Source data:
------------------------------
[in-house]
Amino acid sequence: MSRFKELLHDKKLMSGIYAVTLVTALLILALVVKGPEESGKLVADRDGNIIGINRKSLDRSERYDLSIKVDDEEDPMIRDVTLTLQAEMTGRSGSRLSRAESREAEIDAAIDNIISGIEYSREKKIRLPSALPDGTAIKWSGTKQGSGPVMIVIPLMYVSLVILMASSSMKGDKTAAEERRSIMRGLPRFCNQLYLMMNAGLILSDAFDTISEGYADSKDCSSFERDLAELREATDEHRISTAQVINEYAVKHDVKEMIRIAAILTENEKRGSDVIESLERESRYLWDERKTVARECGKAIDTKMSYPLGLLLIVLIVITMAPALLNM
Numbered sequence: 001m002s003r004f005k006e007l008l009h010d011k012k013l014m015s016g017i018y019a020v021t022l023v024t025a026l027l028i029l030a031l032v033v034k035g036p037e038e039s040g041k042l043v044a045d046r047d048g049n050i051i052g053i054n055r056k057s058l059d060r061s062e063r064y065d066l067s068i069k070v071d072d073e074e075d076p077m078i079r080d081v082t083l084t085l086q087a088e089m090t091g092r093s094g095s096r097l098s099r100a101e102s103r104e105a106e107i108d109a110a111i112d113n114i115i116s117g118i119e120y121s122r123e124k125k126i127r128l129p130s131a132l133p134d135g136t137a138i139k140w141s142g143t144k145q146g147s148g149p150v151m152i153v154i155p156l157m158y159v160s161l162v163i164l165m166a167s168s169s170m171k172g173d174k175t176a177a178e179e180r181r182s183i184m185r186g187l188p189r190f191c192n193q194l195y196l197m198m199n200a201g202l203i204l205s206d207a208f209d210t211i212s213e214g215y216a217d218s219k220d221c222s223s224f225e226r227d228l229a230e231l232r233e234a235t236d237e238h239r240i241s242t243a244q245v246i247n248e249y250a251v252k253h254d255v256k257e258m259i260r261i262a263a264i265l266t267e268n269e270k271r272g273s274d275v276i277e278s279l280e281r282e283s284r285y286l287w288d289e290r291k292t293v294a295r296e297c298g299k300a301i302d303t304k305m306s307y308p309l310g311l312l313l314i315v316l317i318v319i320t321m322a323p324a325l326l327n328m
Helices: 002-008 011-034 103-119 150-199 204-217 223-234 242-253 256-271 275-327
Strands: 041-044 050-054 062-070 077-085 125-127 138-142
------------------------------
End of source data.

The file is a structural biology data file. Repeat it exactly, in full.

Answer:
[in-house]
Amino acid sequence: MSRFKELLHDKKLMSGIYAVTLVTALLILALVVKGPEESGKLVADRDGNIIGINRKSLDRSERYDLSIKVDDEEDPMIRDVTLTLQAEMTGRSGSRLSRAESREAEIDAAIDNIISGIEYSREKKIRLPSALPDGTAIKWSGTKQGSGPVMIVIPLMYVSLVILMASSSMKGDKTAAEERRSIMRGLPRFCNQLYLMMNAGLILSDAFDTISEGYADSKDCSSFERDLAELREATDEHRISTAQVINEYAVKHDVKEMIRIAAILTENEKRGSDVIESLERESRYLWDERKTVARECGKAIDTKMSYPLGLLLIVLIVITMAPALLNM
Numbered sequence: 001m002s003r004f005k006e007l008l009h010d011k012k013l014m015s016g017i018y019a020v021t022l023v024t025a026l027l028i029l030a031l032v033v034k035g036p037e038e039s040g041k042l043v044a045d046r047d048g049n050i051i052g053i054n055r056k057s058l059d060r061s062e063r064y065d066l067s068i069k070v071d072d073e074e075d076p077m078i079r080d081v082t083l084t085l086q087a088e089m090t091g092r093s094g095s096r097l098s099r100a101e102s103r104e105a106e107i108d109a110a111i112d113n114i115i116s117g118i119e120y121s122r123e124k125k126i127r128l129p130s131a132l133p134d135g136t137a138i139k140w141s142g143t144k145q146g147s148g149p150v151m152i153v154i155p156l157m158y159v160s161l162v163i164l165m166a167s168s169s170m171k172g173d174k175t176a177a178e179e180r181r182s183i184m185r186g187l188p189r190f191c192n193q194l195y196l197m198m199n200a201g202l203i204l205s206d207a208f209d210t211i212s213e214g215y216a217d218s219k220d221c222s223s224f225e226r227d228l229a230e231l232r233e234a235t236d237e238h239r240i241s242t243a244q245v246i247n248e249y250a251v252k253h254d255v256k257e258m259i260r261i262a263a264i265l266t267e268n269e270k271r272g273s274d275v276i277e278s279l280e281r282e283s284r285y286l287w288d289e290r291k292t293v294a295r296e297c298g299k300a301i302d303t304k305m306s307y308p309l310g311l312l313l314i315v316l317i318v319i320t321m322a323p324a325l326l327n328m
Helices: 002-008 011-034 103-119 150-199 204-217 223-234 242-253 256-271 275-327
Strands: 041-044 050-054 062-070 077-085 125-127 138-142